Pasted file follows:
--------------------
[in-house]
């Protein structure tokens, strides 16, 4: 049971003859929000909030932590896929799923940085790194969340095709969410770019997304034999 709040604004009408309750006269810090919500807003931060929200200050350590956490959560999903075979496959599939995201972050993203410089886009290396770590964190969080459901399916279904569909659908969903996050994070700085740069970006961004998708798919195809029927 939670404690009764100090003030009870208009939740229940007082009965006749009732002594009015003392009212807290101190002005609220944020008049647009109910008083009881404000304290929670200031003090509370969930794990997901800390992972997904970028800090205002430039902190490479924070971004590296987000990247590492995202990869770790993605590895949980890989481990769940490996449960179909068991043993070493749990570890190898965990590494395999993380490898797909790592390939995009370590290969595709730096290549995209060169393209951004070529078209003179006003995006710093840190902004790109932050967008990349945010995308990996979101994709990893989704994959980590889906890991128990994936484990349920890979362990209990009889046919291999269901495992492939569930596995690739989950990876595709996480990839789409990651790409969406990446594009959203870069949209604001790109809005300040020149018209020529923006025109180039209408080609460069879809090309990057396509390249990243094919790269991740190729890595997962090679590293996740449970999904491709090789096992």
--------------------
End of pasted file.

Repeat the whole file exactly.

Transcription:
[in-house]
């Protein structure tokens, strides 16, 4: 049971003859929000909030932590896929799923940085790194969340095709969410770019997304034999 709040604004009408309750006269810090919500807003931060929200200050350590956490959560999903075979496959599939995201972050993203410089886009290396770590964190969080459901399916279904569909659908969903996050994070700085740069970006961004998708798919195809029927 939670404690009764100090003030009870208009939740229940007082009965006749009732002594009015003392009212807290101190002005609220944020008049647009109910008083009881404000304290929670200031003090509370969930794990997901800390992972997904970028800090205002430039902190490479924070971004590296987000990247590492995202990869770790993605590895949980890989481990769940490996449960179909068991043993070493749990570890190898965990590494395999993380490898797909790592390939995009370590290969595709730096290549995209060169393209951004070529078209003179006003995006710093840190902004790109932050967008990349945010995308990996979101994709990893989704994959980590889906890991128990994936484990349920890979362990209990009889046919291999269901495992492939569930596995690739989950990876595709996480990839789409990651790409969406990446594009959203870069949209604001790109809005300040020149018209020529923006025109180039209408080609460069879809090309990057396509390249990243094919790269991740190729890595997962090679590293996740449970999904491709090789096992």